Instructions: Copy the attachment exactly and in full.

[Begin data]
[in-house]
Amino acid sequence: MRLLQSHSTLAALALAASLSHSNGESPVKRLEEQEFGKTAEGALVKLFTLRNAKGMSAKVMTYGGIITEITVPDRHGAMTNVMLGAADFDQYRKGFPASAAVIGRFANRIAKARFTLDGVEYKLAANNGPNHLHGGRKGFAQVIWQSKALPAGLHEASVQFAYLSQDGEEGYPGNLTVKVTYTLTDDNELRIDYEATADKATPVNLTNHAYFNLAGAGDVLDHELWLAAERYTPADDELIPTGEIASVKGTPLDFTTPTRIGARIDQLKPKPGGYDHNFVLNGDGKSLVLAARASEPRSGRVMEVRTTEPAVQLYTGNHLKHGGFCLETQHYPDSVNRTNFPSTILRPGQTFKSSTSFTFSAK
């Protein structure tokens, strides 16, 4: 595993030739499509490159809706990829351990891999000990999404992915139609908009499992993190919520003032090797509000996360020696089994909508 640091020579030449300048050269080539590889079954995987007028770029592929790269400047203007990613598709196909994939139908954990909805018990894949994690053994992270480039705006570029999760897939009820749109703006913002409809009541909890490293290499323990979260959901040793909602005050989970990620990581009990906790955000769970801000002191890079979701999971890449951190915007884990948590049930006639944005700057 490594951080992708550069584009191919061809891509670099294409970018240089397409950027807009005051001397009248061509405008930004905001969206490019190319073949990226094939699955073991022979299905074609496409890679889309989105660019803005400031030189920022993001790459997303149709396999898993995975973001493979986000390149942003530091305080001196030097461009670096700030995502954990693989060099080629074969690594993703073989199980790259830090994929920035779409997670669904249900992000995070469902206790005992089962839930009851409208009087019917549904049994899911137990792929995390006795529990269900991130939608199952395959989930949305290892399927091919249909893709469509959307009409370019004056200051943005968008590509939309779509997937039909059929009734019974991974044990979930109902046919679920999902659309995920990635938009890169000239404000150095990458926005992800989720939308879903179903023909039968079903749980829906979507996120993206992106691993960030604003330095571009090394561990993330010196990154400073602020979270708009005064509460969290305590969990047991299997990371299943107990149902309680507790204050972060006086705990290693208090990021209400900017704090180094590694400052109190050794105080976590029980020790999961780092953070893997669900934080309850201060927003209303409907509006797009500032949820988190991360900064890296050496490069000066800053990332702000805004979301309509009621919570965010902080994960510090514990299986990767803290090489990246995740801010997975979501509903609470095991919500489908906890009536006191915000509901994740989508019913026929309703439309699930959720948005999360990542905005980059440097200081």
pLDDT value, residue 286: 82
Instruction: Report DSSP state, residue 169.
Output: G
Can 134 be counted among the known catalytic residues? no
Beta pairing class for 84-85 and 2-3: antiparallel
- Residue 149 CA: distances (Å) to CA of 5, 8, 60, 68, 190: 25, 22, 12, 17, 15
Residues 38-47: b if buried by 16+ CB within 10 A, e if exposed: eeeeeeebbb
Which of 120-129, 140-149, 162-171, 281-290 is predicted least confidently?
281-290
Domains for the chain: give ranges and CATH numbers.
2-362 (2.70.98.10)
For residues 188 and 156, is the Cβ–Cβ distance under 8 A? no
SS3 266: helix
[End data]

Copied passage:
[in-house]
Amino acid sequence: MRLLQSHSTLAALALAASLSHSNGESPVKRLEEQEFGKTAEGALVKLFTLRNAKGMSAKVMTYGGIITEITVPDRHGAMTNVMLGAADFDQYRKGFPASAAVIGRFANRIAKARFTLDGVEYKLAANNGPNHLHGGRKGFAQVIWQSKALPAGLHEASVQFAYLSQDGEEGYPGNLTVKVTYTLTDDNELRIDYEATADKATPVNLTNHAYFNLAGAGDVLDHELWLAAERYTPADDELIPTGEIASVKGTPLDFTTPTRIGARIDQLKPKPGGYDHNFVLNGDGKSLVLAARASEPRSGRVMEVRTTEPAVQLYTGNHLKHGGFCLETQHYPDSVNRTNFPSTILRPGQTFKSSTSFTFSAK
């Protein structure tokens, strides 16, 4: 595993030739499509490159809706990829351990891999000990999404992915139609908009499992993190919520003032090797509000996360020696089994909508 640091020579030449300048050269080539590889079954995987007028770029592929790269400047203007990613598709196909994939139908954990909805018990894949994690053994992270480039705006570029999760897939009820749109703006913002409809009541909890490293290499323990979260959901040793909602005050989970990620990581009990906790955000769970801000002191890079979701999971890449951190915007884990948590049930006639944005700057 490594951080992708550069584009191919061809891509670099294409970018240089397409950027807009005051001397009248061509405008930004905001969206490019190319073949990226094939699955073991022979299905074609496409890679889309989105660019803005400031030189920022993001790459997303149709396999898993995975973001493979986000390149942003530091305080001196030097461009670096700030995502954990693989060099080629074969690594993703073989199980790259830090994929920035779409997670669904249900992000995070469902206790005992089962839930009851409208009087019917549904049994899911137990792929995390006795529990269900991130939608199952395959989930949305290892399927091919249909893709469509959307009409370019004056200051943005968008590509939309779509997937039909059929009734019974991974044990979930109902046919679920999902659309995920990635938009890169000239404000150095990458926005992800989720939308879903179903023909039968079903749980829906979507996120993206992106691993960030604003330095571009090394561990993330010196990154400073602020979270708009005064509460969290305590969990047991299997990371299943107990149902309680507790204050972060006086705990290693208090990021209400900017704090180094590694400052109190050794105080976590029980020790999961780092953070893997669900934080309850201060927003209303409907509006797009500032949820988190991360900064890296050496490069000066800053990332702000805004979301309509009621919570965010902080994960510090514990299986990767803290090489990246995740801010997975979501509903609470095991919500489908906890009536006191915000509901994740989508019913026929309703439309699930959720948005999360990542905005980059440097200081």
pLDDT value, residue 286: 82
Instruction: Report DSSP state, residue 169.
Output: G
Can 134 be counted among the known catalytic residues? no
Beta pairing class for 84-85 and 2-3: antiparallel
- Residue 149 CA: distances (Å) to CA of 5, 8, 60, 68, 190: 25, 22, 12, 17, 15
Residues 38-47: b if buried by 16+ CB within 10 A, e if exposed: eeeeeeebbb
Which of 120-129, 140-149, 162-171, 281-290 is predicted least confidently?
281-290
Domains for the chain: give ranges and CATH numbers.
2-362 (2.70.98.10)
For residues 188 and 156, is the Cβ–Cβ distance under 8 A? no
SS3 266: helix